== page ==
Kiwis can do anything they set their minds to: remember our number eight wire ingenuity? Currently, that’s not the case when it comes to equal pay.
On New Year’s Day in 2018, the island nation of Iceland became the first country in the world to mandate equal pay. That is groundbreaking. So if you don’t pay a woman and a man the same amount for the same work, you will be fined as an employer in Iceland from now on.
The fundamental question should, of course, be why wouldn’t you pay them the same?
New Zealand has an impressive track record for being the first country in the world to proudly achieve some groundbreaking events, which include:
- First country in the world to enable women to vote
- Ernest Rutherford was the first scientist to split the atom
- Sir Edmund Hillary was the first mountaineer to successfully summit Mt Everest
- First country in the Asia Pacific region to allow same sex marriage
- First country in the world to win three rugby world cups!
These achievements differ in importance for all of us but, given our deep sense of fair play, why have we not embraced the same legislation as Iceland with enthusiasm and commitment, leading from the front as a world leader? This is a critical issue for New Zealand women from a national and world perspective. While it may appear odd that in a seemingly diverse and inclusive country like New Zealand, our lack of leadership around this fundamental human right actually reflects years of entrenched chauvinism and a worrying degree of the anachronistic old boys’ network that continues to flourish in NZ today.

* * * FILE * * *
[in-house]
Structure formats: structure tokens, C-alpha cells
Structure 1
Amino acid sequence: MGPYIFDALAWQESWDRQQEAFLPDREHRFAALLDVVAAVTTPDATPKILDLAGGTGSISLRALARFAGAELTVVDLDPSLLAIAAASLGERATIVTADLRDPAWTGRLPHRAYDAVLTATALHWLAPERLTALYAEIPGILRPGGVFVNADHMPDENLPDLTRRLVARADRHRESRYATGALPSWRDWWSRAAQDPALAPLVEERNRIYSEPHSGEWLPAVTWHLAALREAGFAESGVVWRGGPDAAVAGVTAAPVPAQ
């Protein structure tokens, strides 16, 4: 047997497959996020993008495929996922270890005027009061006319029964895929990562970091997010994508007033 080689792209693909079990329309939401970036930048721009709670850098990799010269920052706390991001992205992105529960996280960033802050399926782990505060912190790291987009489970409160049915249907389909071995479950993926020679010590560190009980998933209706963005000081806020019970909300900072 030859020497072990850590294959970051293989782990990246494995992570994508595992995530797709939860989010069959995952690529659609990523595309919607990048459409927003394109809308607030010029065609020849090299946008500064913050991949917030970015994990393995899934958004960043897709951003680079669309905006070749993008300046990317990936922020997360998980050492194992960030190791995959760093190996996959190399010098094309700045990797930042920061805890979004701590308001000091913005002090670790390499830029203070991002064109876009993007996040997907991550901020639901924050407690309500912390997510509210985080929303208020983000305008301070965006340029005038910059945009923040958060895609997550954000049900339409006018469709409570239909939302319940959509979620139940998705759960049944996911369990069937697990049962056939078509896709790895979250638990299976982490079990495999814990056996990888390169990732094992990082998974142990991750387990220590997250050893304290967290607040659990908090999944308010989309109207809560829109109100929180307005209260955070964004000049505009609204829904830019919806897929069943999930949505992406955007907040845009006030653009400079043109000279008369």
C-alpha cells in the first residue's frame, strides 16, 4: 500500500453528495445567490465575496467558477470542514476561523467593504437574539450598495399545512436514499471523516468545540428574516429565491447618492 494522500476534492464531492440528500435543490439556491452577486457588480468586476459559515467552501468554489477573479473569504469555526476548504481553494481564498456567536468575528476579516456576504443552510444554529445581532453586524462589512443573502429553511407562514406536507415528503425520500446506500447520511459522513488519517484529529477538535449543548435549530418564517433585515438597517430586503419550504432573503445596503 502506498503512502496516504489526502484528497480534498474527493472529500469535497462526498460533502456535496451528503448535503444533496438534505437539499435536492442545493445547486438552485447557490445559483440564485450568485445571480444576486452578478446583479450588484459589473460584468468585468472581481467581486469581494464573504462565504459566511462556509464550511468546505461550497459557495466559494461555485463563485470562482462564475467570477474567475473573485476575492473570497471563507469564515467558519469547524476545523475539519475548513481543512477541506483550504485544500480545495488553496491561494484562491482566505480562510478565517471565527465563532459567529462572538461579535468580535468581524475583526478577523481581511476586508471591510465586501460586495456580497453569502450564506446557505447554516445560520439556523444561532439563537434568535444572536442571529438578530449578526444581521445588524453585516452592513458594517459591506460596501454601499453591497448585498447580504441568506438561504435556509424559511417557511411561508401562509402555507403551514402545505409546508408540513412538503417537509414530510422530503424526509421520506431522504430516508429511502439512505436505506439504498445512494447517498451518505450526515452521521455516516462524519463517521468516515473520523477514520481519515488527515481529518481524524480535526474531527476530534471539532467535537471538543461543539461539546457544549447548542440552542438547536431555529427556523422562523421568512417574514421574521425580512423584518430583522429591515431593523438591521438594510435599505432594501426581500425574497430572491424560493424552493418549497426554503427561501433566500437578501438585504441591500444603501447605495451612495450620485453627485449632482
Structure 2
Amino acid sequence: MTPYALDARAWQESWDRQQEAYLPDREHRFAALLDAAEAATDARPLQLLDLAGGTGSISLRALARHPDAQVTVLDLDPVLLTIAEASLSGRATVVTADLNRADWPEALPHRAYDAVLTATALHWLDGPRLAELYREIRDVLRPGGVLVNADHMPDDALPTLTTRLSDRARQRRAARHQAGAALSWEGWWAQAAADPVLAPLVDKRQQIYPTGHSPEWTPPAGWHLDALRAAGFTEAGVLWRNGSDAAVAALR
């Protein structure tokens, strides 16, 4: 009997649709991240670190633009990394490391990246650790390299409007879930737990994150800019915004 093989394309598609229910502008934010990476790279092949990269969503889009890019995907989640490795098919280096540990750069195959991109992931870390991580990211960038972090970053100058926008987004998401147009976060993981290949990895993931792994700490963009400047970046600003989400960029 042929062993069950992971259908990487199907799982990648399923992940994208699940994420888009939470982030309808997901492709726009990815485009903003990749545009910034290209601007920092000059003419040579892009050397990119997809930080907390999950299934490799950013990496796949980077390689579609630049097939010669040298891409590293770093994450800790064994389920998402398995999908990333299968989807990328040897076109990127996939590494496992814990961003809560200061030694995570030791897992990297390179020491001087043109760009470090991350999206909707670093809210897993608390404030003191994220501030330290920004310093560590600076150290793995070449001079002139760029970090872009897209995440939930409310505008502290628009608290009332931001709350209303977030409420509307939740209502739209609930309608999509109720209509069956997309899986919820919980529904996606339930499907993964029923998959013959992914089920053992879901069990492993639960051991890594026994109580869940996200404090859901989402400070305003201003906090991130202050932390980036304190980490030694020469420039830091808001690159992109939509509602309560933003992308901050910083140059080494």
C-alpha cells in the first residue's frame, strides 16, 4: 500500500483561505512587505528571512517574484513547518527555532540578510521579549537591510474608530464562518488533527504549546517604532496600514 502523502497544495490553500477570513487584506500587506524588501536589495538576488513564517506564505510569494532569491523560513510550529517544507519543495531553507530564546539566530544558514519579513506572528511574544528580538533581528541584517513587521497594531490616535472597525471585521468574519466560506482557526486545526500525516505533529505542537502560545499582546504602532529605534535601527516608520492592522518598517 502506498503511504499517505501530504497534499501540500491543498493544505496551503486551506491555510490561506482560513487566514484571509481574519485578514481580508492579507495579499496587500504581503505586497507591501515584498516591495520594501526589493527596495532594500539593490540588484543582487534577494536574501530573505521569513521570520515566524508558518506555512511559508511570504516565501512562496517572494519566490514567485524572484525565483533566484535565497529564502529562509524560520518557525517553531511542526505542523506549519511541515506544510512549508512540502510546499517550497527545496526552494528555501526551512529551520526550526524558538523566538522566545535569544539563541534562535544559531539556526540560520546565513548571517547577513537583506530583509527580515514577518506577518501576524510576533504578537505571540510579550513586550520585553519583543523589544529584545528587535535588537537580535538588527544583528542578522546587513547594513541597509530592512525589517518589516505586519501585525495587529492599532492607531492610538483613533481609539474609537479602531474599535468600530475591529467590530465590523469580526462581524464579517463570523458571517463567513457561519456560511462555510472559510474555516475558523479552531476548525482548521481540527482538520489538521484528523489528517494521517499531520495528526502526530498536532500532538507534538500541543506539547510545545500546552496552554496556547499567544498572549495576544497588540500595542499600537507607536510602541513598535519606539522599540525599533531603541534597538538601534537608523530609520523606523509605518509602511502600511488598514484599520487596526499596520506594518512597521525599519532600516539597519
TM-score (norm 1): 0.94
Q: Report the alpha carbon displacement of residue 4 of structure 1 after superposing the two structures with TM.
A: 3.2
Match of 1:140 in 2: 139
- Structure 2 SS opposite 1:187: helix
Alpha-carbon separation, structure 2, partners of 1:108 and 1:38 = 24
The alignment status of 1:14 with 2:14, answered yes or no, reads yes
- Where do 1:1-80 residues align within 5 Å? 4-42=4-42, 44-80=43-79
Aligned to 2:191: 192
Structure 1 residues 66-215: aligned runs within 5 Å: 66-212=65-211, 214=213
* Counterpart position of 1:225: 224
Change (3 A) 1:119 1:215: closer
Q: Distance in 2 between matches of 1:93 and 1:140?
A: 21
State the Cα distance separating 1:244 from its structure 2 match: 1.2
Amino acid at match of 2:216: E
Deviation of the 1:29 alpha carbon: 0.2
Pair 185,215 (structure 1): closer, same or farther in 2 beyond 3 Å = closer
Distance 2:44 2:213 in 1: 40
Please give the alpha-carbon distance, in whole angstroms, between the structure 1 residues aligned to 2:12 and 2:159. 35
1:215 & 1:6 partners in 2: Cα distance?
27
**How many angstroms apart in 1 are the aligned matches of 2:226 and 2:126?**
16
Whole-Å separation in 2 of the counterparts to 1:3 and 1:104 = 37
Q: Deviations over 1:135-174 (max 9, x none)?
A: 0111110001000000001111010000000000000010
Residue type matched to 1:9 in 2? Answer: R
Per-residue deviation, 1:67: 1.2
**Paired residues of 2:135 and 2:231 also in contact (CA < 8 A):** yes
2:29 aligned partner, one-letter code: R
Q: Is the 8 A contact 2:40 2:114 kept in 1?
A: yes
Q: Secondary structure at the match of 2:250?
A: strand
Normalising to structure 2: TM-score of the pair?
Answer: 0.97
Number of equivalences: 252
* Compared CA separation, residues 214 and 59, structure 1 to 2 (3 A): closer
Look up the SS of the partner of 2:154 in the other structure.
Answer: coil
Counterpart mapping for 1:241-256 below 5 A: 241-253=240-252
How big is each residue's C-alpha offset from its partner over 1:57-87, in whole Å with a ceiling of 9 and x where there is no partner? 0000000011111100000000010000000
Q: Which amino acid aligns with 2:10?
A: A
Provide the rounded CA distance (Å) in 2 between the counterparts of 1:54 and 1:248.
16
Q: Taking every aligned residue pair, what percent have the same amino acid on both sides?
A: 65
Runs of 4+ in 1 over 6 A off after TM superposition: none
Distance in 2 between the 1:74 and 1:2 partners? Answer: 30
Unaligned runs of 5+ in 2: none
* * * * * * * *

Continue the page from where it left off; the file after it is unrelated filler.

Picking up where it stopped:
There is currently some legislation around equal pay in NZ whereby organisations with 25-or-more staff need to provide documentation of their pay structure to be compliant and obtain certification but existing legislation falls far short of true pay equity for all employees, regardless of organisation-size. National introduced a Bill in July 2017, which Labour promptly threw out in November 2017, claiming that the proposed Bill presented barriers to pay equity rather than promoting it.
The current government has created a joint working party to establish some principles to guide new legislation, so we’ll wait to see what that looks like.
Although we can’t claim a world first for pay equity, let’s hope that the long overdue legislation to mandate it is introduced quickly and effectively, thereby establishing NZ as an early adopter of global fair workplace management. That would be something of which this country could also be proud.